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Features October 2016 Issue

Where the Dogs Are

Which countries have the most dog owners? The least? (It's not the ones you think.)

You know that picture you have in your head of everyone walking around the streets of Paris with a pampered pet poodle? Well, delete the photo from your mental files. More than 40 percent of pet owners in France have cats, while only 20-something percent have dogs. Fifi is feline, not canine.

This from GfK, a London-based market research firm that conducted an online survey of 27,000 people across 22 countries.

Here’s another image to delete, based on the survey results: the one of a British citizenry taking their beloved dogs into their local pubs to hang out while they enjoy a pint and sing silly songs. The UK has an equal number of dog and cat owners.

Bigstock

Brazilians are among the world’s dog lovers. Here’s one dog enjoying Canival in Rio.

The largest percentage of dog owners is not here in the U.S., either (although dog owners do trump cat owners in the States, 50 percent to 39 percent, with fish and bird owners trailing). It’s in Argentina that dog owners rule. Fully two-thirds of people with pets in that country report having a canine pal. Following close on Argentina’s heels for puppy love is Mexico, with 64 percent of pet owners having dogs. In third place for dog ownership among people who bring animals into their lives comes Brazil. Fifty-seven percent of Brazilians with pets have a pet dog — twice as many Brazilians as cat owners. However you look at it, our neighbors south of the border beat us soundly in making dogs members of their families. And Canada isn’t helping! They have slightly more cat owners than dog owners.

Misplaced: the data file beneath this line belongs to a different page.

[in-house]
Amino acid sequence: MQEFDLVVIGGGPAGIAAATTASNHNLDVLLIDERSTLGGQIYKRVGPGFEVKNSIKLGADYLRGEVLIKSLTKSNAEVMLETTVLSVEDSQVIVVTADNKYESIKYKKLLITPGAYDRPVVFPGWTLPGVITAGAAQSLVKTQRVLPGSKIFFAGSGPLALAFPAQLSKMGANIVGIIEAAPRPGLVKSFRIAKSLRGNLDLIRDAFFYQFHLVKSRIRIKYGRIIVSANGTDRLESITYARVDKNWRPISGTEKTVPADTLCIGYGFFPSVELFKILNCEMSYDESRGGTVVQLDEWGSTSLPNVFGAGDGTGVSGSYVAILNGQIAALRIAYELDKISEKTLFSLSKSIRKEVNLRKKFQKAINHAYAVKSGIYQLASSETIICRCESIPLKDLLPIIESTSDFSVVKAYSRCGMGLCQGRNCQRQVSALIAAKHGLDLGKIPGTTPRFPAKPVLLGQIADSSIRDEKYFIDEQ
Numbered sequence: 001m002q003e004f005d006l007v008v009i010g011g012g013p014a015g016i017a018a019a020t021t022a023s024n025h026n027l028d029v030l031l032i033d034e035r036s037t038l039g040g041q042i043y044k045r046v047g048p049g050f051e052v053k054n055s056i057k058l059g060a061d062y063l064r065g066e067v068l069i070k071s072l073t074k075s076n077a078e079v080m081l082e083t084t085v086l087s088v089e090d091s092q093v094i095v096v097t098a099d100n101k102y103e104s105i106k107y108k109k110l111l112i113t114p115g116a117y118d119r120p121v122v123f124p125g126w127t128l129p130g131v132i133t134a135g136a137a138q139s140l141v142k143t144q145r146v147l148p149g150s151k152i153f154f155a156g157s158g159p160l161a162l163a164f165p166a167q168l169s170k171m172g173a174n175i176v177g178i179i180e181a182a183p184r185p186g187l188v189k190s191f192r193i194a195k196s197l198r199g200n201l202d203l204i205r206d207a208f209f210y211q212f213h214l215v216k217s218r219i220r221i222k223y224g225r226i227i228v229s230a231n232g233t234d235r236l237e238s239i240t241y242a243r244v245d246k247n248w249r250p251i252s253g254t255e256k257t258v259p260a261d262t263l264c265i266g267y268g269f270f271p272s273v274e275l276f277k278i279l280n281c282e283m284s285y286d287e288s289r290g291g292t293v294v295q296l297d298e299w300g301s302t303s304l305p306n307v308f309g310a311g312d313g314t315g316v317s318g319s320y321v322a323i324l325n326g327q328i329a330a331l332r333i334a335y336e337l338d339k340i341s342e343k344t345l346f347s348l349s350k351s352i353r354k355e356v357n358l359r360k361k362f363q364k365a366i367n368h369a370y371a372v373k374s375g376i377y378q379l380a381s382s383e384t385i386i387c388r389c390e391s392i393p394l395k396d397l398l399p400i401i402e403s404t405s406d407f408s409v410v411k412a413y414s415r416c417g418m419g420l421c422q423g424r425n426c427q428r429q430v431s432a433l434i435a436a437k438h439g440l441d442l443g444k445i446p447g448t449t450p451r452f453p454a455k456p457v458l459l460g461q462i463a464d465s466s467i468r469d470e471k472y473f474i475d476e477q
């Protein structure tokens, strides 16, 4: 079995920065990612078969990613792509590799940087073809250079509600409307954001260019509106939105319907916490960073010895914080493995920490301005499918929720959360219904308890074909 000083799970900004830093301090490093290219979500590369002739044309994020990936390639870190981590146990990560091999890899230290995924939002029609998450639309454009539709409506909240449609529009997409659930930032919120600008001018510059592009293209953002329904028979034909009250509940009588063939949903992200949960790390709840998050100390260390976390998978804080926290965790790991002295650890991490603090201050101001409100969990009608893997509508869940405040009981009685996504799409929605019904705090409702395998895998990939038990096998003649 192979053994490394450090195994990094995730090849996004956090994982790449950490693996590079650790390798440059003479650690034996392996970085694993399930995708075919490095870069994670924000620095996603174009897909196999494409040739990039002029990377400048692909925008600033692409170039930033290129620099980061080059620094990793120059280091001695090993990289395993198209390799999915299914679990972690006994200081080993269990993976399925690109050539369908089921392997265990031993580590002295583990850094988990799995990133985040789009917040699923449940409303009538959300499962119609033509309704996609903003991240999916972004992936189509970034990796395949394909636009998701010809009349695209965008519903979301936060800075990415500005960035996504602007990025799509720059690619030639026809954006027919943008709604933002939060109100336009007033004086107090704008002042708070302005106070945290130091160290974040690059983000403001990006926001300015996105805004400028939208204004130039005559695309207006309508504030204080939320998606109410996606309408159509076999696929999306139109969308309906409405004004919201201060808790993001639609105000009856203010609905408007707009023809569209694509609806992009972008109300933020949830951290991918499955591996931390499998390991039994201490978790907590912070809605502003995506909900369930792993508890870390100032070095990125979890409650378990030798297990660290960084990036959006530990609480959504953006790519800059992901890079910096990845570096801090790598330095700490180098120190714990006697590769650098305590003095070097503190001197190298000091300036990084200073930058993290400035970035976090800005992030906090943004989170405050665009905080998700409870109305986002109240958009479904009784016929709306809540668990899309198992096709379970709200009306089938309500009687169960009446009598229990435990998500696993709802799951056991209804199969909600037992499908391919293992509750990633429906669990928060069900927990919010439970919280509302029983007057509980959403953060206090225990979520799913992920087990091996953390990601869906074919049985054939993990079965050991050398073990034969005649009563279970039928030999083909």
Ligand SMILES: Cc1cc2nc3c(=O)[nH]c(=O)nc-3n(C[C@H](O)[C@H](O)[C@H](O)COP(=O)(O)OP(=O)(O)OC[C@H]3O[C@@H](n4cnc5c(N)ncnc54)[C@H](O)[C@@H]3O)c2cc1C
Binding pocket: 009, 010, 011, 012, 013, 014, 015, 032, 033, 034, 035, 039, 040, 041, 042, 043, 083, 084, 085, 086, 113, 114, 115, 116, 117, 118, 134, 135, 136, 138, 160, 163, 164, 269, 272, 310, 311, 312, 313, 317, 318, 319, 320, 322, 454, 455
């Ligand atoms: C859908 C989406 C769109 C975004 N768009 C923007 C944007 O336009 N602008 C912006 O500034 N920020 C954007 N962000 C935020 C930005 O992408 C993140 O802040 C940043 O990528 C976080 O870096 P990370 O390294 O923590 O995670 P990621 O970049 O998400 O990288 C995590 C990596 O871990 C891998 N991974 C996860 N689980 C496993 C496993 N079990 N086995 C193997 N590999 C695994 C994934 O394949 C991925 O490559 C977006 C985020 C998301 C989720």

Our Latin neighbors don’t only have more dog owners. They have more pets, period. Eighty percent of the survey takers in both Argentina and Mexico report having pets, with Brazil close behind at 75 percent. Next in line for pet ownership, at 73 percent, comes Russia, where the preferred pet is a cat by almost two to one over dogs. (Interestingly, both the Czech Republic and Poland, no longer behind the Iron Curtain, prefer dogs to cats by wide margins.) The U.S. is fifth in line for having pets, with seven in 10 of us living with an animal other than a human.

People in Asian countries appear the least likely to own a pet, with Japan, Hong Kong, and South Korea all hovering in the 30-something percent range for any furry, feathery, or fin-bearing household members.

Here are some other surprises. More women than men the world over own dogs as well as cats. Turns out a dog is a woman’s best friend, too. Men, however, are more likely to have a pet fish. (Ladies, please quit guffawing.) And in Turkey, it’s bird owners who rule the day, with one out of five pet owners there having an avian family member.

But as pets, dogs still top the chart when you aggregate all the numbers. Across all 22 countries surveyed, 33 percent of people who owned pets owned dogs, compared to 23 percent for cat owners. It is not a world gone mad after all.

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